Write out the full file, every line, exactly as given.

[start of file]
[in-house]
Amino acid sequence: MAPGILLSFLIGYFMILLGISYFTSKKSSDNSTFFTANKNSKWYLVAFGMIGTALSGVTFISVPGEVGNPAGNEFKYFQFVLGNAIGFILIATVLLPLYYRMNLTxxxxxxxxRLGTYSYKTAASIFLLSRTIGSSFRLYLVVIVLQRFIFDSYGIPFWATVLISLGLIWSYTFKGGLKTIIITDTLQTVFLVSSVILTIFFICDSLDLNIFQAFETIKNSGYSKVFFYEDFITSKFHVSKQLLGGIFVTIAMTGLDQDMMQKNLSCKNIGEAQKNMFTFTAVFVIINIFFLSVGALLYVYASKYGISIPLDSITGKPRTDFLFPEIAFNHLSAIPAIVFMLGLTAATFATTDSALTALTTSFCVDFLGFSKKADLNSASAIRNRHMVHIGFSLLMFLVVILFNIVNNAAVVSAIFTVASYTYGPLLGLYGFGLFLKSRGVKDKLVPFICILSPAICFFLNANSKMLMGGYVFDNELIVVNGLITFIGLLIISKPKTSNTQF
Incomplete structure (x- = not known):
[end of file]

[in-house]
Amino acid sequence: MAPGILLSFLIGYFMILLGISYFTSKKSSDNSTFFTANKNSKWYLVAFGMIGTALSGVTFISVPGEVGNPAGNEFKYFQFVLGNAIGFILIATVLLPLYYRMNLTxxxxxxxxRLGTYSYKTAASIFLLSRTIGSSFRLYLVVIVLQRFIFDSYGIPFWATVLISLGLIWSYTFKGGLKTIIITDTLQTVFLVSSVILTIFFICDSLDLNIFQAFETIKNSGYSKVFFYEDFITSKFHVSKQLLGGIFVTIAMTGLDQDMMQKNLSCKNIGEAQKNMFTFTAVFVIINIFFLSVGALLYVYASKYGISIPLDSITGKPRTDFLFPEIAFNHLSAIPAIVFMLGLTAATFATTDSALTALTTSFCVDFLGFSKKADLNSASAIRNRHMVHIGFSLLMFLVVILFNIVNNAAVVSAIFTVASYTYGPLLGLYGFGLFLKSRGVKDKLVPFICILSPAICFFLNANSKMLMGGYVFDNELIVVNGLITFIGLLIISKPKTSNTQF
Incomplete structure (x- = not known):